Bell Curve The Law Talking Guy Raised by Republicans U.S. West
Well, he's kind of had it in for me ever since I accidentally ran over his dog. Actually, replace "accidentally" with "repeatedly," and replace "dog" with "son."

Monday, November 06, 2006

Hi, My Name is Dr. Strangelove, and I'm a Polls Junkie

I have a confession to make: I have become a polls junkie. The unprecedented availability of data, the closeness of the races in the House and Senate, and the chance that the Democrats might finally win something have all combined to fuel my addiction. I have checked far too many political analysis websites far too frequently this Fall.

When you check them more than twice a day, you know it is bad.

I am resolved to go cold turkey after Election Day (yeah right!) so I shall soon bid farewell to my favorite haunts (well at least until 2008) listed here:
New York Times politics
Larry J. Sabato's Crystal Ball
Iowa Electronic Markets (House, Senate, Congress)
(Many of these sites were originally tips from others--thanks a lot LTG.)

Well, it is a relief to get this out in the open! Now I can leave this foolish addiction behind! Though I suppose I shall have to check these websites on Election Night to watch the results come in: might as well get the payoff, after all these weeks of fretting! And I suppose it wouldn't hurt to give them a couple of days to digest the results and then check them all a couple days afterward to see the final tallies. And then, come to think of it, maybe I should check in just one more time after that to read their post-mortems on the election, so I can feel a real sense of closure. Oh, and then...


Anonymous said...

Hi Dr. Strangelove!

I too am a polls junkie. I've been checking the same polls over and over again just to see if there's anything that jumps out at me.

I don't see how it will hurt if we check the polls just every now and again, right? I mean as long as we have it under control. I mean, I could quit any time I want to but checking the polls makes me more sociable at parties.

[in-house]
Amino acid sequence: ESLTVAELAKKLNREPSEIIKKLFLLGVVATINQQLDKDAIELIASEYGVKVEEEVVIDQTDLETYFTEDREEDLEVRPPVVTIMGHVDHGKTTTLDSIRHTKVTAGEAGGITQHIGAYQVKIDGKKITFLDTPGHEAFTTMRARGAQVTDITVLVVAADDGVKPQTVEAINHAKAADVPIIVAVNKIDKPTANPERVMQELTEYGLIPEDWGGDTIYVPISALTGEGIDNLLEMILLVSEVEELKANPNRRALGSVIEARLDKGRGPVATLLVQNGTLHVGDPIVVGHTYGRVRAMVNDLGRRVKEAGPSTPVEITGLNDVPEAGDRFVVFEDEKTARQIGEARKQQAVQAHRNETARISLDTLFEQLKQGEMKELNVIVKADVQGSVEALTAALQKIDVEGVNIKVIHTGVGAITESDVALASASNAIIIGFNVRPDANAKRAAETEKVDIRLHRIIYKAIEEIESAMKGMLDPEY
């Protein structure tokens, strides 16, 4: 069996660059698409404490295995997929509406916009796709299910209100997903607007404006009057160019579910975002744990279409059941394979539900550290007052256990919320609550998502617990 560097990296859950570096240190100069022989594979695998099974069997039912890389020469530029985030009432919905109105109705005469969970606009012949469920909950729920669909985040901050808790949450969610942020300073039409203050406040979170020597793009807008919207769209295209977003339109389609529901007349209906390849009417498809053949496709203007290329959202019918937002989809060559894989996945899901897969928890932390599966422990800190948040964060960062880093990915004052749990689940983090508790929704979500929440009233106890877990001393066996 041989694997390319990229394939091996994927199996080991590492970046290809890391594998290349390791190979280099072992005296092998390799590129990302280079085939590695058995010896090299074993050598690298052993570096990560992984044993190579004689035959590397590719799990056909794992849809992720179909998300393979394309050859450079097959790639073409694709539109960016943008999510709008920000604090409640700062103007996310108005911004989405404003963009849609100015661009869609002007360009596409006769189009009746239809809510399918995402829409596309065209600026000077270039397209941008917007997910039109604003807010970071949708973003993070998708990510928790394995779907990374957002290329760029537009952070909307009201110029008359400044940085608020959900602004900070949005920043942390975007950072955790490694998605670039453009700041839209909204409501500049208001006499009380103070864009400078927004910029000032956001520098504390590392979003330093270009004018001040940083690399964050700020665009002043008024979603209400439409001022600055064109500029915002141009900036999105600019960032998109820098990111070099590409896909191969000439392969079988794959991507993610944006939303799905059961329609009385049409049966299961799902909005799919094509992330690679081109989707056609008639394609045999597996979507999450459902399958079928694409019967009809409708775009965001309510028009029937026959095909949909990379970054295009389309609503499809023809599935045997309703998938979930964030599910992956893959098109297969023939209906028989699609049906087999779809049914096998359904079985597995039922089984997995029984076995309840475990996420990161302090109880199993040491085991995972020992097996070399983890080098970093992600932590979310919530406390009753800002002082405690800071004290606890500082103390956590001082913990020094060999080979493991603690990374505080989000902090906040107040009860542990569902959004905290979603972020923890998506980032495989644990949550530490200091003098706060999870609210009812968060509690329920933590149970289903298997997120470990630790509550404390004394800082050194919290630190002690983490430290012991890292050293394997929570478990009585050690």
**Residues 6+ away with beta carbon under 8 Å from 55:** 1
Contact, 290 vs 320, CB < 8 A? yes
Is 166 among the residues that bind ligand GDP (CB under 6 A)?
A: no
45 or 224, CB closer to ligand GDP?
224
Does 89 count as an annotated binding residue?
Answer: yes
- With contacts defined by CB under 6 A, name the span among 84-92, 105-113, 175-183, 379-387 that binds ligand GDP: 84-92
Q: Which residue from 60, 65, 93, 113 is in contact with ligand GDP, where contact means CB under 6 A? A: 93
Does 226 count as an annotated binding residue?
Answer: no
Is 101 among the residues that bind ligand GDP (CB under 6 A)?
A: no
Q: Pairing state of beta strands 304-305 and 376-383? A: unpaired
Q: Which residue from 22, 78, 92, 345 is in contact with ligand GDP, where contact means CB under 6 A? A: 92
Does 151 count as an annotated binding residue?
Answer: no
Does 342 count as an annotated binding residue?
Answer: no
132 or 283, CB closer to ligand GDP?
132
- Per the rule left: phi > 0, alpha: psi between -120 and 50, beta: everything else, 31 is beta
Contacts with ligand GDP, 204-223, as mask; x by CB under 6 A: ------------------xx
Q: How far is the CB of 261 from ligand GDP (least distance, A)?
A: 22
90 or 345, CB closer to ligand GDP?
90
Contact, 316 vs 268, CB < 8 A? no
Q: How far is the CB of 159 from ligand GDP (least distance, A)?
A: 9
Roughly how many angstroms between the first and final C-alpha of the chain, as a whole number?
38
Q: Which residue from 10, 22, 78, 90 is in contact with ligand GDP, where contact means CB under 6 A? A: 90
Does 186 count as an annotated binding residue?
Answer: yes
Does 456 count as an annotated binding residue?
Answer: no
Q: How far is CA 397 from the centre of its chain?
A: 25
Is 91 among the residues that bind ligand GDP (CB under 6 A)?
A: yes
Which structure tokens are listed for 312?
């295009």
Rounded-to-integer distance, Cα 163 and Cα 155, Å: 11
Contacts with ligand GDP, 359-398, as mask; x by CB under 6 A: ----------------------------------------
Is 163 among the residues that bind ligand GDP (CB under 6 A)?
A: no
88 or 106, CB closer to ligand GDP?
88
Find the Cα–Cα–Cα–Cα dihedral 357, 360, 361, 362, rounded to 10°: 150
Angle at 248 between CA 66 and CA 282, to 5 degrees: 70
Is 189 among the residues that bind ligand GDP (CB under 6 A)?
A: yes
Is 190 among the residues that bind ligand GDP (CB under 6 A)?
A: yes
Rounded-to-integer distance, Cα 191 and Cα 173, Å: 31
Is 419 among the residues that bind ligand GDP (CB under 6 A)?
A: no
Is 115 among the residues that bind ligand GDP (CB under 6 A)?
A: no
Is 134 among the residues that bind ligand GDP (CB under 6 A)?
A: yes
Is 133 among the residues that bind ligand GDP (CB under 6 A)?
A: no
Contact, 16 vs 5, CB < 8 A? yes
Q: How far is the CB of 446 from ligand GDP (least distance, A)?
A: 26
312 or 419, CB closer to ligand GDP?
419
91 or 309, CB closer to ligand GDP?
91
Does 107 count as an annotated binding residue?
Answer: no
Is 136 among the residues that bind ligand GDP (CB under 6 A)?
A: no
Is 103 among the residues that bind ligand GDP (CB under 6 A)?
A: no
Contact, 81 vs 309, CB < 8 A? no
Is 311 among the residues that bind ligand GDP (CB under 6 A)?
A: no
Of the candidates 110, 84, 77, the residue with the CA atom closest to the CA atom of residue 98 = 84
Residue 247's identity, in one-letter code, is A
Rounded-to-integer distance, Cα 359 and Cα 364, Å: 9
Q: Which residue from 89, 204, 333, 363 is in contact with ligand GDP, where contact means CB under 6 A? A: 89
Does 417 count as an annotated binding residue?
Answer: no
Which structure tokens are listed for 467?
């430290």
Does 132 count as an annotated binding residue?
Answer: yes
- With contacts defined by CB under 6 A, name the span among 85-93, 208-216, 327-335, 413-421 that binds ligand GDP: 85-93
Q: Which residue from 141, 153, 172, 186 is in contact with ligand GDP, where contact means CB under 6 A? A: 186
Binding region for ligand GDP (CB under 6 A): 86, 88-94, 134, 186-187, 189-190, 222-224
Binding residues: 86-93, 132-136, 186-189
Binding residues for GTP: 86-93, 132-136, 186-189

FYI: I recently attended a Democratic rally in which the headliner was Barak Obama. That guy is good but I don't think he's quite ready for a Presidential run (although, he seemed tired and it was one of the last days of a long campaign tour).  

// posted by RBR

Anonymous said...

Wes Clark in 2008.

Just sayin'... 

// posted by Bell Curve

Anonymous said...

You guys have wayyyyyy too much time on your hands.

And RBR, I don't know what parties you are going to, but you won't get girls clicking off polling data!

Ha: I can imagine it, RBR all suave with a glass wine : "Hey hot stuff, what's your poll? Zogby or IEM?"

// posted by USWest

Anonymous said...

Zogby!? Pahleaaaase. That's so 2000. Everyone who's clued in knows that Mason-Dixon has the good stuff.

As for success with the women, that kind of depends on the women, right? I find the really hot prospects like a man who knows how to use his poll numbers. 

// posted by RBR

Anonymous said...

I'm a big pusher of IEM. Not a poll, but a market-based analysis, or rather a market-based experiment. That site is predicting that the most likely outcome is Dem victory in the house only, second most likely is Dem victory in both houses, third most likely is Dem victory in neither.

What jumps out at me is that the Allen/Webb race remains too close to call, while McCaskill and Tester (MT and MO) appear to have pulled out slim 2-3% leads steadily. 

// posted by LTG

Anonymous said...

I think that polling data can be cool, but of course the important thing is to listen and look interested.

-Seventh Sister 

// posted by Anonymous

Anonymous said...

Right, "listen and look interested." Check. Er, what's the margin of error on that one? Especially the "listen" part. 

// posted by RBR